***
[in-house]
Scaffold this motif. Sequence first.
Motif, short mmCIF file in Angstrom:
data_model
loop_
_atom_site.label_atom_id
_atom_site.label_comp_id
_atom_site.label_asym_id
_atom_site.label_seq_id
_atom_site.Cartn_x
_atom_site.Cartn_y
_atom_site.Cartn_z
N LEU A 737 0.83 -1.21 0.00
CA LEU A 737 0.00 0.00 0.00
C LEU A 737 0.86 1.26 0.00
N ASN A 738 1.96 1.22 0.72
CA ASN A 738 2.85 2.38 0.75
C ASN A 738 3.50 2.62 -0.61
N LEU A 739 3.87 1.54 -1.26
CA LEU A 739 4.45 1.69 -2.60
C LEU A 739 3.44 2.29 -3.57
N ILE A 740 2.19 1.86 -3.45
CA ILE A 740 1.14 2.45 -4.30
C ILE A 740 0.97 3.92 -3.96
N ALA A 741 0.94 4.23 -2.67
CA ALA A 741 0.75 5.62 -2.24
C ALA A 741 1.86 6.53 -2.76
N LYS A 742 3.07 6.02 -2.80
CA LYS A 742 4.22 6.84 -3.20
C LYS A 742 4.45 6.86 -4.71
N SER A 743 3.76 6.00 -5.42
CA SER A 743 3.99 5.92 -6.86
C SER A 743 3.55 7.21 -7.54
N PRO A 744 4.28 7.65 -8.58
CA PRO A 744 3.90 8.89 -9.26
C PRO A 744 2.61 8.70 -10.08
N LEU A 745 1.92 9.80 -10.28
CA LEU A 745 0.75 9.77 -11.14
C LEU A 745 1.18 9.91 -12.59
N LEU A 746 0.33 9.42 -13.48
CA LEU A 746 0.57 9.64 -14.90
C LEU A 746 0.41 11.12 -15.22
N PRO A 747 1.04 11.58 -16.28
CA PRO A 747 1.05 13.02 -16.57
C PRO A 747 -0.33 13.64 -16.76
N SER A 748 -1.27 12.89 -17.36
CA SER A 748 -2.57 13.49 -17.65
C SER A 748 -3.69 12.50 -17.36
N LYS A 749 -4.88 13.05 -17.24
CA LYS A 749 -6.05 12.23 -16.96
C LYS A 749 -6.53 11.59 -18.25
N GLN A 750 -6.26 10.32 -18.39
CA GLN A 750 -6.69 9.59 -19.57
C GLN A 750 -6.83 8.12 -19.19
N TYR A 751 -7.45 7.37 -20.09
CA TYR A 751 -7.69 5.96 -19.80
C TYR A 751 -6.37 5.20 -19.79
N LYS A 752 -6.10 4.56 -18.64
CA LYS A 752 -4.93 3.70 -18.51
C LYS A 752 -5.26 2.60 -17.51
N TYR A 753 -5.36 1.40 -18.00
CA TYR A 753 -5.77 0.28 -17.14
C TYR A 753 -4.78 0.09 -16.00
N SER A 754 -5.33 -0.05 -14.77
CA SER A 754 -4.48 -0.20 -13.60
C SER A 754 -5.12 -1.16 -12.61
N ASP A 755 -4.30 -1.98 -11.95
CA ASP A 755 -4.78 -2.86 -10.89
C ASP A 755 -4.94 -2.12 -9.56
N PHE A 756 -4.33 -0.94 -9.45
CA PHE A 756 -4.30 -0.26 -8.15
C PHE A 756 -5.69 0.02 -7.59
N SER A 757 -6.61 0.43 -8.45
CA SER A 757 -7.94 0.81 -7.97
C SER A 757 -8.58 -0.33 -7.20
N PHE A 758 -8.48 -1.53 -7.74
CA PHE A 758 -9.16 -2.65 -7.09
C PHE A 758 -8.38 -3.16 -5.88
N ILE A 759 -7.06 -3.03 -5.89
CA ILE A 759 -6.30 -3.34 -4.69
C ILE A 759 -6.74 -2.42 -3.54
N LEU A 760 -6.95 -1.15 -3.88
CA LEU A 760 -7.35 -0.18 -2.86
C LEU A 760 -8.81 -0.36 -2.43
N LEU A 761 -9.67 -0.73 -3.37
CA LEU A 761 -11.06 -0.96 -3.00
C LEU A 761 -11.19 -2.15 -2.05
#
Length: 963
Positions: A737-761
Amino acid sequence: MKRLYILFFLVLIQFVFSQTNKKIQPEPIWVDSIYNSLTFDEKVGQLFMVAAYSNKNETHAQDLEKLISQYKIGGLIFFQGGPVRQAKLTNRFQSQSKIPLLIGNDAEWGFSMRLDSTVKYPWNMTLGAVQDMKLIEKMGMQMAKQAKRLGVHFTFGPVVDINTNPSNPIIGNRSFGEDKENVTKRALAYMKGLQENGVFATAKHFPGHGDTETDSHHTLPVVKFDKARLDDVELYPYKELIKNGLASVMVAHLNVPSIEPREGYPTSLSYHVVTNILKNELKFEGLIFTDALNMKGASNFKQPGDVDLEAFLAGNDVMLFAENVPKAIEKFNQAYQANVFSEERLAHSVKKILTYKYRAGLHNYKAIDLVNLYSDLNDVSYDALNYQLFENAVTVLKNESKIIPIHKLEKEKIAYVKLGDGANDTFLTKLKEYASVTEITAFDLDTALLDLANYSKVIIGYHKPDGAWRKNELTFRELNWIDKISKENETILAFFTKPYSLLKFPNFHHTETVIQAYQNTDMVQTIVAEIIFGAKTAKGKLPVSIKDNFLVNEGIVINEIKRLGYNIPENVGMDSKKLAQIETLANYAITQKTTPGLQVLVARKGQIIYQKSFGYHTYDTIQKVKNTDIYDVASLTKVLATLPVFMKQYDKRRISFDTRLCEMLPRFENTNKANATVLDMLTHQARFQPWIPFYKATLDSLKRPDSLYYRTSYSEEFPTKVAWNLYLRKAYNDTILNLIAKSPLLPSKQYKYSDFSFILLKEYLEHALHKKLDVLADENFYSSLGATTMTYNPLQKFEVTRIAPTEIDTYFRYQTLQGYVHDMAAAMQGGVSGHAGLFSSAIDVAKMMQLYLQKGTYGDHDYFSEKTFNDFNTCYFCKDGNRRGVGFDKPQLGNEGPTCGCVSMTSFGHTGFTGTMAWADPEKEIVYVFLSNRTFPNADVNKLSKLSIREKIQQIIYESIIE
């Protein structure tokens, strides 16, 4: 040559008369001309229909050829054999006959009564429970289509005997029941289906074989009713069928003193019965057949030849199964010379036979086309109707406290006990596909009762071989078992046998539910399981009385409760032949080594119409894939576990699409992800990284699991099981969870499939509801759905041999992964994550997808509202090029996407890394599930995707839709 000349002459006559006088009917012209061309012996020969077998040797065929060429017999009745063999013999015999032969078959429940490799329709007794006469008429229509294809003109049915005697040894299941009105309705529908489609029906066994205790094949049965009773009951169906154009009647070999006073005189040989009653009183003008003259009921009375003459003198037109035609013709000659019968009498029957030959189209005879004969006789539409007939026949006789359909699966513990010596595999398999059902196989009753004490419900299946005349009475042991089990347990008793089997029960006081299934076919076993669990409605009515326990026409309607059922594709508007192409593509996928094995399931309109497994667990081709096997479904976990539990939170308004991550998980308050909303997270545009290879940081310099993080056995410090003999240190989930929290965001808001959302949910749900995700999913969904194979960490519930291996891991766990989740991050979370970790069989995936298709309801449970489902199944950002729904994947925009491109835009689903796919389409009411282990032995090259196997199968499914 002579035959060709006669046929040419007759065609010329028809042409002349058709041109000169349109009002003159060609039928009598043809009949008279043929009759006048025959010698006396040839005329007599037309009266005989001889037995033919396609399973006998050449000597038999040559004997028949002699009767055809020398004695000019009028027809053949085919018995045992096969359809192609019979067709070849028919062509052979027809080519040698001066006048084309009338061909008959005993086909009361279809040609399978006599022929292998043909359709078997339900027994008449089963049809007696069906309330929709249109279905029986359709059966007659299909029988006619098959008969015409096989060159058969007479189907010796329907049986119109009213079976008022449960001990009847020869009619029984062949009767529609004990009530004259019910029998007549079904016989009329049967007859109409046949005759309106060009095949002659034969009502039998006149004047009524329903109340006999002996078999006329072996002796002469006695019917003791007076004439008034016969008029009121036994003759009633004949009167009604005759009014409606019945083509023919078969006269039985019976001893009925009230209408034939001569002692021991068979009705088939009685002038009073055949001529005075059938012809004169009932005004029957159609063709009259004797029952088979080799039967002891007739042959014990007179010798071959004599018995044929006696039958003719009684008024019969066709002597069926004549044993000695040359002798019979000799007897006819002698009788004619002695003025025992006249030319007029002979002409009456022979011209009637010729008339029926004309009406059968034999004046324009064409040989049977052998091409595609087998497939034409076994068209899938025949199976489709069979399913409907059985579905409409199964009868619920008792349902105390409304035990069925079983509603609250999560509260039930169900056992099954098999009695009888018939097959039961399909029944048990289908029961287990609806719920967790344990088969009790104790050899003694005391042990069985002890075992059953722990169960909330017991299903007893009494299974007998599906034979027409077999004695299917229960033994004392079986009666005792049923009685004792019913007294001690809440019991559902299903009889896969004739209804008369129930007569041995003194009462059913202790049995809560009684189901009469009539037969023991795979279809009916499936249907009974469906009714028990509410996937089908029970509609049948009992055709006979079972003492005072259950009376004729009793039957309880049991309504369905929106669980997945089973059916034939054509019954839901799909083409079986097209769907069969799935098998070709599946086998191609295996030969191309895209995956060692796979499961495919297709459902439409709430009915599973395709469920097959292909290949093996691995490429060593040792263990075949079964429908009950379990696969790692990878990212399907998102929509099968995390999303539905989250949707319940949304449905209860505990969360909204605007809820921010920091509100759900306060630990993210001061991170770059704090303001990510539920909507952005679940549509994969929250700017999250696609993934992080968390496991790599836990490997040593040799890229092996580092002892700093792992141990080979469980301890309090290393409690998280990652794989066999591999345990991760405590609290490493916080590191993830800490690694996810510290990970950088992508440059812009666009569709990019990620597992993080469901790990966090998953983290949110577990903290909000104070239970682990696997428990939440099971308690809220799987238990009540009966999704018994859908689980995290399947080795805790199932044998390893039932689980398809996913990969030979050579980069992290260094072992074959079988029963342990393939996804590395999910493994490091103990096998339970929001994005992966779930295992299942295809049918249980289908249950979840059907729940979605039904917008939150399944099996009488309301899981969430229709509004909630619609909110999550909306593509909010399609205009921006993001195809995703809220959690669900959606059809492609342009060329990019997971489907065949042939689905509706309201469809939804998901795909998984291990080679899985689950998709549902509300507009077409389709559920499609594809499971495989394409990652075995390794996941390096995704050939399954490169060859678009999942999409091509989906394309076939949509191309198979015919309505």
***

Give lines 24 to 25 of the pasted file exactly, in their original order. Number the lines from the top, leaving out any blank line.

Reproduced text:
C ILE A 740 0.97 3.92 -3.96
N ALA A 741 0.94 4.23 -2.67